Having won VoIP
The Edison, N.J., company will reportedly file paperwork for a $600 million
IPO, a move that illustrates the rapid ascension of VoIP
niche to mainstream in just a few short years.
Although Vonage has been a venture
capital darling, going public would give it a war chest to supercharge
Brooke Schulz, a Vonage spokeswoman, declined comment on the IPO report published on the Daily Deal’s Web site last night. The article cited sources familiar with the matter.
Vonage currently has about 800,000 subscribers and is on track to crack the
one million mark by year’s end. Most users are in the United States and
Canada, but Vonage has also been establishing itself in the United Kingdom
and is scouting the Asia-Pacific region.
As VoIP becomes more reliable and accepted, Vonage has also been trying to
reach into the business market.
Although it has seen torrid residential growth, Wall Street would surely
like to see the company lock in business customers to diversify its revenue
and provide an opportunity to sell add-on services.
Filing paperwork to go public would also require that Vonage detail its
finances. Rivals have questioned Vonage’s blanket advertising strategy,
saying the costs of acquiring customers could put the company in a hole.
But Vonage hasn’t shifted strategy, believing that signing up customers now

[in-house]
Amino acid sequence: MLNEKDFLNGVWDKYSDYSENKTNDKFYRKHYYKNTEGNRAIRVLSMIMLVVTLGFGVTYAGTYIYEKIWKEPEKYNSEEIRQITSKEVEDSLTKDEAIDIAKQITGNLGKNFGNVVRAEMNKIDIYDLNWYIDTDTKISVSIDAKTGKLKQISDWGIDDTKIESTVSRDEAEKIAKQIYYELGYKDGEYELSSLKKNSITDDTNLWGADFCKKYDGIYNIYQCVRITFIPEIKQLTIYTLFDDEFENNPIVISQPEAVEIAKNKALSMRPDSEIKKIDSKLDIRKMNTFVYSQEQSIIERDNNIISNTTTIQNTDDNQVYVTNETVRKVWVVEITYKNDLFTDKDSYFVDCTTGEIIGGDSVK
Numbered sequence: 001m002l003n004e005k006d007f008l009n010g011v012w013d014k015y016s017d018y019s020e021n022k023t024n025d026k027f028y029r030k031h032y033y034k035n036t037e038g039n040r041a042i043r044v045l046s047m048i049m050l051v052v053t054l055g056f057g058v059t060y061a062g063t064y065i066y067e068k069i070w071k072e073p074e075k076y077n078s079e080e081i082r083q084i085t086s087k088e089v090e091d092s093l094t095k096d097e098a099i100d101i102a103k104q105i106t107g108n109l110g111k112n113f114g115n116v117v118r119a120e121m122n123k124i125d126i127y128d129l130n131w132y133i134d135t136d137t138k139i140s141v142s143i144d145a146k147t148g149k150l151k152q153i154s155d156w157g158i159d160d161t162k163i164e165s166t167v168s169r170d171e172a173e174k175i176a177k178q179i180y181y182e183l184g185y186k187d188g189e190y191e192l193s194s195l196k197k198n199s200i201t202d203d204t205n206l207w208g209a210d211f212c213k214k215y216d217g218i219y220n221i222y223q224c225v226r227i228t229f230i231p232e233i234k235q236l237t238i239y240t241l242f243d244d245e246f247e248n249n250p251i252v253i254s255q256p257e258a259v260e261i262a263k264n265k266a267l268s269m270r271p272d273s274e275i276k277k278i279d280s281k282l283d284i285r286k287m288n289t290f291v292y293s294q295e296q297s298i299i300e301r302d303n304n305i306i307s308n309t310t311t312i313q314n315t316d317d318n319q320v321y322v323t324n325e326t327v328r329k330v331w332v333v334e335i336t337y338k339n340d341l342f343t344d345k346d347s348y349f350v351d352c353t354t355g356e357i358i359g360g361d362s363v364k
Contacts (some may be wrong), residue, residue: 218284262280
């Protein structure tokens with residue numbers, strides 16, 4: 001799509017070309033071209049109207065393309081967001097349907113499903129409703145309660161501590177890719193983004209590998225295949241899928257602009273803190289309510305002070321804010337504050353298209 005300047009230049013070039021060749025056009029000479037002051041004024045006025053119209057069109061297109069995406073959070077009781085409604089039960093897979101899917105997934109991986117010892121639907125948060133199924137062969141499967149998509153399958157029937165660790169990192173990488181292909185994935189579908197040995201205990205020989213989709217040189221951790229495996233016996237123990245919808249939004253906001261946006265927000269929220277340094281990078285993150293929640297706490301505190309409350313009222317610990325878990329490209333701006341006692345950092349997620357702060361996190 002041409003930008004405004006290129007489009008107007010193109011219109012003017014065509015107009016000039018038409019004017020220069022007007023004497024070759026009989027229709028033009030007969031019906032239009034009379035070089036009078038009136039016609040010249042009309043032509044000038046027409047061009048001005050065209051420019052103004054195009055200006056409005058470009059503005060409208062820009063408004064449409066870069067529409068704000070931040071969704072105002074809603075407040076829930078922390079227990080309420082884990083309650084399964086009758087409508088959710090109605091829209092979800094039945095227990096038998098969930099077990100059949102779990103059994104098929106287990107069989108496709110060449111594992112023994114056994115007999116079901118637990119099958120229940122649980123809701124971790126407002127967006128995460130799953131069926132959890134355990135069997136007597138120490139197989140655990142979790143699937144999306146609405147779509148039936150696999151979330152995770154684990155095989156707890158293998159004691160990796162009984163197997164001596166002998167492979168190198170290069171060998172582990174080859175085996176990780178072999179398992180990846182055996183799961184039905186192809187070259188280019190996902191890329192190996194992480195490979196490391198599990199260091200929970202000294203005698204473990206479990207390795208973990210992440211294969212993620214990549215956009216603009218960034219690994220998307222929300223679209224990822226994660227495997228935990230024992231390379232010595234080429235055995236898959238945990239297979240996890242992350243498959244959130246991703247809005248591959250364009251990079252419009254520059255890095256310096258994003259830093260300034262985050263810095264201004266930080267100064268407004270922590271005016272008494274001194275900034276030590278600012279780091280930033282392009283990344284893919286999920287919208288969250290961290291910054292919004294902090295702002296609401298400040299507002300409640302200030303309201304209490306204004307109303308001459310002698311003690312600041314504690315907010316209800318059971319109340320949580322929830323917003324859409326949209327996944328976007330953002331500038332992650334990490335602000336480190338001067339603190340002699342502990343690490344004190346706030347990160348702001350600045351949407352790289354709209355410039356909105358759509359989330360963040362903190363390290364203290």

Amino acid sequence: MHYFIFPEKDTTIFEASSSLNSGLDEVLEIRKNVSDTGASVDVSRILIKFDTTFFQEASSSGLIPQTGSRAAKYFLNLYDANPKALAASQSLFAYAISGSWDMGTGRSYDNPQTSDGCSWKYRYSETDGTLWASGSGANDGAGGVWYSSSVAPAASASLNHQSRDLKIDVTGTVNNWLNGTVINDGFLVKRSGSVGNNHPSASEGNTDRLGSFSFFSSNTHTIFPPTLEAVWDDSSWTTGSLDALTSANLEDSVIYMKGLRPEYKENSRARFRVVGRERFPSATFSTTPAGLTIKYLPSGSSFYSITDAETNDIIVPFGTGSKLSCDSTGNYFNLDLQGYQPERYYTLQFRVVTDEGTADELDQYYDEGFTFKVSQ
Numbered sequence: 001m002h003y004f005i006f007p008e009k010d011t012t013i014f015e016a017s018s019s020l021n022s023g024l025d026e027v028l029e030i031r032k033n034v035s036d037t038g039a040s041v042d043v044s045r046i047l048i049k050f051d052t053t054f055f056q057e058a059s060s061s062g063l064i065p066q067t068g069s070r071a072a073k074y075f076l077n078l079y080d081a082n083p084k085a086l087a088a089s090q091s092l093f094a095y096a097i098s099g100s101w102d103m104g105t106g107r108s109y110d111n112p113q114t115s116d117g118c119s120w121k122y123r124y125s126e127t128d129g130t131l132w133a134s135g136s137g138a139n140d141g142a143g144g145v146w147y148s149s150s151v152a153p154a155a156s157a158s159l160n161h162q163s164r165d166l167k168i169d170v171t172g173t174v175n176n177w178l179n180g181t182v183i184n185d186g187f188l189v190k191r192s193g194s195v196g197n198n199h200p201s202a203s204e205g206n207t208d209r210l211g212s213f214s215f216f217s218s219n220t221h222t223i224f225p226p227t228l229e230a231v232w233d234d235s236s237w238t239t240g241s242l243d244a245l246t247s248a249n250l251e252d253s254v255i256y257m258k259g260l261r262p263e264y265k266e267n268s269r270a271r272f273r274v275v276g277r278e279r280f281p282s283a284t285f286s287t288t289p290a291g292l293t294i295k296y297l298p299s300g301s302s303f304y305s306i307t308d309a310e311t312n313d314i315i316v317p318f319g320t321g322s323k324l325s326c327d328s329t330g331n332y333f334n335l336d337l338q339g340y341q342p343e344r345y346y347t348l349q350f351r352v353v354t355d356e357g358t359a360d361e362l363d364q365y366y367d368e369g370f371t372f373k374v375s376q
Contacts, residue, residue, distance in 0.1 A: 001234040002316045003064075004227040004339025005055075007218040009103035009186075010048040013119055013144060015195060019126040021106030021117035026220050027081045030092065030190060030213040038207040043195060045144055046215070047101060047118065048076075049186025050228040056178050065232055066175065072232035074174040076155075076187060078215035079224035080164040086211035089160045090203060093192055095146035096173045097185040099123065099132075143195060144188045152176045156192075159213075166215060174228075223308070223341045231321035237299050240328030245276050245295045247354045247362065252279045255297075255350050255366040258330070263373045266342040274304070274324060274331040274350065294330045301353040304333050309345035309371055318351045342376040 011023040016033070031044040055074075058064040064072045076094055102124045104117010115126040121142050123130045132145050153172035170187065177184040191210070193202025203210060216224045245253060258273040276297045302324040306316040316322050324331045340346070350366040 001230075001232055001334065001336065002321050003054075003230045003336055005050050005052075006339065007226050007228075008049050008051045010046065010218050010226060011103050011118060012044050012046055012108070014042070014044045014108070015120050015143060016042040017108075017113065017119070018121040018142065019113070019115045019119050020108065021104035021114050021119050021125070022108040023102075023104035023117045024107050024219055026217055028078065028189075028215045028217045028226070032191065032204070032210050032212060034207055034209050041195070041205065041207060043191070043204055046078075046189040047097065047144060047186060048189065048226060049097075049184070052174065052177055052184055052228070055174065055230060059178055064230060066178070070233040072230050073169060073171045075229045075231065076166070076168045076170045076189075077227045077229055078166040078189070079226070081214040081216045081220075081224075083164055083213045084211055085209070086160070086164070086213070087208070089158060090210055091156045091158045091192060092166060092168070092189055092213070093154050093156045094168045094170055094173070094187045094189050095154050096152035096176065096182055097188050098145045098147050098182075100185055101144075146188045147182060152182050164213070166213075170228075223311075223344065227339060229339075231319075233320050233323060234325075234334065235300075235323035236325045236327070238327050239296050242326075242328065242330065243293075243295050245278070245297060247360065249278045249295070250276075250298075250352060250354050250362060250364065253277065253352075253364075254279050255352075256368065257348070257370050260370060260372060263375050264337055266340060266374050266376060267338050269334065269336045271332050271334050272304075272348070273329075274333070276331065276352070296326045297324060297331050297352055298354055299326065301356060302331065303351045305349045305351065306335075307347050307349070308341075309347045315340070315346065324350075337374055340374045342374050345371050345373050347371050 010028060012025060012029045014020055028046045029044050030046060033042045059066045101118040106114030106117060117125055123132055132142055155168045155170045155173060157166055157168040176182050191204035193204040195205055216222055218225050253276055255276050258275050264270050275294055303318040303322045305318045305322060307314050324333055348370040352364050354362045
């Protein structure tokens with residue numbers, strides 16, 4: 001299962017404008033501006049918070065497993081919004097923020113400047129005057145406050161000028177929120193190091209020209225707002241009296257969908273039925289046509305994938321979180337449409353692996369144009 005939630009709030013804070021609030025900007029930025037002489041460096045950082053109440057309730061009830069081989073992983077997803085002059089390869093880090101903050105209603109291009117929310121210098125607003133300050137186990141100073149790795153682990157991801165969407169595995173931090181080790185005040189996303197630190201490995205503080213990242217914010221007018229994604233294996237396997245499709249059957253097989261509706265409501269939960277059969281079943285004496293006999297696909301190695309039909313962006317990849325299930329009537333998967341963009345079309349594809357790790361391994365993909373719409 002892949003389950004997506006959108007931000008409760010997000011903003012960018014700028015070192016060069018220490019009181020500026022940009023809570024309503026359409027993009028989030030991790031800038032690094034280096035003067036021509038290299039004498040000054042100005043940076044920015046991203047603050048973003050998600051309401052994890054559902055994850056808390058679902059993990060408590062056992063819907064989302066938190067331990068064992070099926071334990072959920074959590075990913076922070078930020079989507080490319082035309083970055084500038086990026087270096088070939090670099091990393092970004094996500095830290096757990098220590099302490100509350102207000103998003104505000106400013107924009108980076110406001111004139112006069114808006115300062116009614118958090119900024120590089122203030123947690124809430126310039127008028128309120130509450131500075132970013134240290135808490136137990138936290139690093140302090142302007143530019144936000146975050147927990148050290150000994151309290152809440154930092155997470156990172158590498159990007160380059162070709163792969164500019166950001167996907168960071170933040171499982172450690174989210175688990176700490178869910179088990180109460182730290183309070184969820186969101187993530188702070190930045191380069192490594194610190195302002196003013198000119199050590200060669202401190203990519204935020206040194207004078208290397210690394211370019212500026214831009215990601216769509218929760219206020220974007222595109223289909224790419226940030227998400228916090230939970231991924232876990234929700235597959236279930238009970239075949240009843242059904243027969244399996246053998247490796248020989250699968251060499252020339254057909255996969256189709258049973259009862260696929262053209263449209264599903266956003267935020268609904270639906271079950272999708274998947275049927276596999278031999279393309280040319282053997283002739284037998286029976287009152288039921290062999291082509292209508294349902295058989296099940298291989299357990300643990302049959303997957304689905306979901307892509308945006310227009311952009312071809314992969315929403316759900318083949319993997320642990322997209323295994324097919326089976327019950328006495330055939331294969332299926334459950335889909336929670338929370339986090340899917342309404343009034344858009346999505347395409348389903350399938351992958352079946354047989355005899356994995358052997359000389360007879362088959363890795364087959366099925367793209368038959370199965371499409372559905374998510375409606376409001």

is crucial in the early stages of the technology’s adoption.
An IPO will not be without risks however, as the company will be required to
point out in its prospectus to potential investors.
Given the converging nature of communications, a slew of rivals now offer VoIP. Telecoms including AT&T
have large customer bases, as do cable operators like Comcast
and Time Warner
There’s also movement by Internet giants such as American Online and Google
to introduce VoIP-enabled messaging and other services
to their customers.
Then there’s Skype, an Internet telephony phenomenon in its own right, which
has amassed 50 million registered users for its free service. The European
company is also working to add paid services to its mix and has been
mentioned as a possible acquisition target for large Internet and media
companies looking for a ready-made VoIP constituency.
Finally, while regulations have been breaking Vonage’s way, there are still
regarding Enhanced 911 services that could cause a speed bump in Vonage
All told however, just the fact that Vonage is even in position to go public
speaks volumes about VoIP.